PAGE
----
We love Bodrum peninsula, right before Aegean Sea greets Mediterranean Sea. We have visited there many times, mostly in summer months. Last January while we were visiting Bodrum, our first visit during winter months, we were incredibly surprised to see pink flamingos on our way to Bodrum airport. We had no idea that there are flamingos in Bodrum! Our necks were stretching out all the way to see more so that we can be sure that we were not dreaming. They were beautiful. Since then it is stuck in our heads to find out where they are and how we can come close to their habitat to see them up-close.
So, this January, we are determined to find them. We kind of know their location but still don’t know how to reach there. Although the Google map does not tell what this location is called, we heard locals calling it Tuzla Golu (Tuzla Lake). And it is between the Mandalya Bay and the Gulluk Bay on the Bodrum Peninsula close to the Bodrum airport.
On our way, we need a bathroom break and stop at Durum Acil (literal translation: Wrap Emergency) roadside restaurant. They make delicious durums (wraps) filled with meat or chicken or liver. We order meat durums. I also order kunefe (hot shredded dough, syrupy dessert filled with molten cheese). Of course, we have glasses of Turkish tea to wash it down.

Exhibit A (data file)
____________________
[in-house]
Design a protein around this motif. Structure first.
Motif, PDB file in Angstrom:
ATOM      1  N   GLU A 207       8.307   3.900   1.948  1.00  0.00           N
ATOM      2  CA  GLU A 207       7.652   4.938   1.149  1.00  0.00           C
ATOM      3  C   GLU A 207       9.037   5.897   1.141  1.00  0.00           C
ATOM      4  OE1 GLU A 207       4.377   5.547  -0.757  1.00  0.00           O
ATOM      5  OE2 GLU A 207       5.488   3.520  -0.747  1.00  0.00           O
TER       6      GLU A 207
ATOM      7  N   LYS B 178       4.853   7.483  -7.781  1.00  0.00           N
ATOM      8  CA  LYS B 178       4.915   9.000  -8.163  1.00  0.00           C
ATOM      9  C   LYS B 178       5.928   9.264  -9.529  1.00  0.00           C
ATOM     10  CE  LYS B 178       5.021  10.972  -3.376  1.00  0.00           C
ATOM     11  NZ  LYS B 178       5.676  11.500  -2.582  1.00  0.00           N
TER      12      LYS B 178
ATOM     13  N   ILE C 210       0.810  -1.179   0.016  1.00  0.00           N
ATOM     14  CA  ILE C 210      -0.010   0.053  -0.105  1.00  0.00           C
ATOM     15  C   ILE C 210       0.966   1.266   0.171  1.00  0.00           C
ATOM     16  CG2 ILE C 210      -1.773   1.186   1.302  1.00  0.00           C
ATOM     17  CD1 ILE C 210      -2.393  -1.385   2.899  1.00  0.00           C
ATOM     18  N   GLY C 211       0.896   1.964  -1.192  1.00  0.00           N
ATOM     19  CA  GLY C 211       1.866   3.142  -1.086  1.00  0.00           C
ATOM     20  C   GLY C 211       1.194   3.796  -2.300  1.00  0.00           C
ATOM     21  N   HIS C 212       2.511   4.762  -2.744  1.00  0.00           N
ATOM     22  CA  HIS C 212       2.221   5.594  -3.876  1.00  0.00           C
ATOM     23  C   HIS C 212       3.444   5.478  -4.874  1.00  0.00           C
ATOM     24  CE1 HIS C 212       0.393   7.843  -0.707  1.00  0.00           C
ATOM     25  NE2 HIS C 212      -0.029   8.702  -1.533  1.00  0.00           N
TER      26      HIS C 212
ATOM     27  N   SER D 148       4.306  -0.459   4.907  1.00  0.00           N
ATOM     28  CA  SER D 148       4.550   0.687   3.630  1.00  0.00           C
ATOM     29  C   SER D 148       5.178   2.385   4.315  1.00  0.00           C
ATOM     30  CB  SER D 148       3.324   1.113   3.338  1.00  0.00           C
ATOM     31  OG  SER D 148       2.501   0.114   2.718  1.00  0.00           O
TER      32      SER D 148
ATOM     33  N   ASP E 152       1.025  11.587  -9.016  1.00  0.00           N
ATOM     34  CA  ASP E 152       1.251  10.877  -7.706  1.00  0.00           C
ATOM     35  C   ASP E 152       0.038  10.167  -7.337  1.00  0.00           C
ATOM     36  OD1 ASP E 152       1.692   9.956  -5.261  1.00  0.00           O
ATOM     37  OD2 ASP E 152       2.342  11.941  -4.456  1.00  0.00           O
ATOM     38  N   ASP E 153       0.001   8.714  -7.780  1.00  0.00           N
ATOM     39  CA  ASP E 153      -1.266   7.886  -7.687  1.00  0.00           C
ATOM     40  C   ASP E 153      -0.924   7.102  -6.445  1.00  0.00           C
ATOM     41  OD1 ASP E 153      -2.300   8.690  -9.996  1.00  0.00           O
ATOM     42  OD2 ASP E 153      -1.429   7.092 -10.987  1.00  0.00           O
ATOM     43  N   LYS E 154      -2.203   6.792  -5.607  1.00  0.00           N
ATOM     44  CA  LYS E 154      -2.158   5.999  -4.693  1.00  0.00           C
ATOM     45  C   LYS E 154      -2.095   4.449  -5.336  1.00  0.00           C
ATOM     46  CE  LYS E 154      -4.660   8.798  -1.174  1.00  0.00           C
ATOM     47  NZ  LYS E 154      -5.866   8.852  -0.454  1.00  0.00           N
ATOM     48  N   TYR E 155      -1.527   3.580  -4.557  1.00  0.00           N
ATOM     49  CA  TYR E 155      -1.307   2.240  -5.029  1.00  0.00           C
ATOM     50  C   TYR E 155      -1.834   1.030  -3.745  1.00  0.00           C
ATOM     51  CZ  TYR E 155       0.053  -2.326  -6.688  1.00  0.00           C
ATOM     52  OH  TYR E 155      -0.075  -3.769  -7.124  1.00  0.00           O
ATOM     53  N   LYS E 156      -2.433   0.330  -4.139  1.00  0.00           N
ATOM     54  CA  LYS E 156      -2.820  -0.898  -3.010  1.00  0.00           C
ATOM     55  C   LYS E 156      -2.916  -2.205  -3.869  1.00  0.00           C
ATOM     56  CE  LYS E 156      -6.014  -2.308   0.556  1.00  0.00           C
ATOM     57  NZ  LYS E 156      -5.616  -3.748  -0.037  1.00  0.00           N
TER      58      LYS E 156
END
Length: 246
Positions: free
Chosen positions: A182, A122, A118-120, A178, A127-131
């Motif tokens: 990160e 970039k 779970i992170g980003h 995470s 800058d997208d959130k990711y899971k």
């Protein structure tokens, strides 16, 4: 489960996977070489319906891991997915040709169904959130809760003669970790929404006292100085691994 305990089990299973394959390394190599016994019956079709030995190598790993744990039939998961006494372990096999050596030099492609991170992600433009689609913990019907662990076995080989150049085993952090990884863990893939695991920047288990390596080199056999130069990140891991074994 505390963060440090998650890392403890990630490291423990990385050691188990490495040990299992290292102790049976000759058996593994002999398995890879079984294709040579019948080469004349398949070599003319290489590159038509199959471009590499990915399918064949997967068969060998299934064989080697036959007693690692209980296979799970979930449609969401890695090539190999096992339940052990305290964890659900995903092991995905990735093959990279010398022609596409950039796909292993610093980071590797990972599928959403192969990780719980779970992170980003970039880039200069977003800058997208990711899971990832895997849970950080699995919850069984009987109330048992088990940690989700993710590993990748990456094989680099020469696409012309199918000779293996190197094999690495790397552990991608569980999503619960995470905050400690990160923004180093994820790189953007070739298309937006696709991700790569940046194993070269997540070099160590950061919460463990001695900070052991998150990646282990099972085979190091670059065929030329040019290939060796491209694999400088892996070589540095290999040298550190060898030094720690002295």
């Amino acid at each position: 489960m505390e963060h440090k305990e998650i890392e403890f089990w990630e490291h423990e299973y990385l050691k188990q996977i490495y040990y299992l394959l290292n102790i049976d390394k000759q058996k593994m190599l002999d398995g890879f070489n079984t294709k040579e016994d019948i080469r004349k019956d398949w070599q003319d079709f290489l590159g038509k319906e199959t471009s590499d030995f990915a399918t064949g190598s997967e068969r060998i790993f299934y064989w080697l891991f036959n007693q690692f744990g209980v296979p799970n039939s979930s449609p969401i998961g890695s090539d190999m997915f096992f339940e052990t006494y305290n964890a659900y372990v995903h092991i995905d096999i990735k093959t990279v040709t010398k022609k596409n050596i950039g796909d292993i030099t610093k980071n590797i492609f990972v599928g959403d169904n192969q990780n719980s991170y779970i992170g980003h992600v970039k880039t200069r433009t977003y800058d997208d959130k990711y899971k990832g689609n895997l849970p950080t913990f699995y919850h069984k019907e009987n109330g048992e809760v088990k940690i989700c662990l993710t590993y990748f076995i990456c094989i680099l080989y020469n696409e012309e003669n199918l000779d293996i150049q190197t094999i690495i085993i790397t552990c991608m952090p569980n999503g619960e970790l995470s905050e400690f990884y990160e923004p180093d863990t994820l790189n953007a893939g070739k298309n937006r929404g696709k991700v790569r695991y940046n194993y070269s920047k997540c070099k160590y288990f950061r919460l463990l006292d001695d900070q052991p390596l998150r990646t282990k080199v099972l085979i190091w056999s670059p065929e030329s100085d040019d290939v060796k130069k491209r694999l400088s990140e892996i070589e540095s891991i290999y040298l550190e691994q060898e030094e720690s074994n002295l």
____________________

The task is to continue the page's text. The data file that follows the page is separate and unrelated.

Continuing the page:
I ask the owner how we can reach the area where the pink flamingos are.
“Easy” he says, “just pass the Milas Carpet store and you come to a bridge and turn left”.
We drive a long time and there is no sign of this Milas Carpet store and there is no bridge. Later we find out that the bridge is so small that you cannot not even notice that there is a bridge. We are almost at the airport. We are sure we’ve passed the potential side road to take us to the flamingos. We see a sign for Gulluk, another town of Bodrum Peninsula. We have never been to Gulluk and decide to explore.
We take the road to Gulluk and realize that this is the industrial section of Bodrum. Giant trucks carrying all sorts of material, factories on the left and the right side of the road. Suicidal drivers are zigzagging between the trucks. This is really scary. Gulluk is a cute town, but the road scares us so much that I do not even think about taking pictures. Maybe, we will go back another day.
We ask three cafes at Gulluk how we can find the pink flamingos.
One replies “Oh! Last year there were so many shootings of ducks and geese in the area. Flamingos are upset and they are not coming anymore.”
This didn’t make sense to us; if we are talking about human beings, it might. But, birds have flight patterns and navigation systems and those are engraved in their genes. How can they change their hundreds of years of habits so suddenly because they are pissed off at some insensitive hunters?
The person at the next cafe tells me that he has never heard of the flamingos. We tell him we see them even from the main road, he shakes his head and says “sorry!”.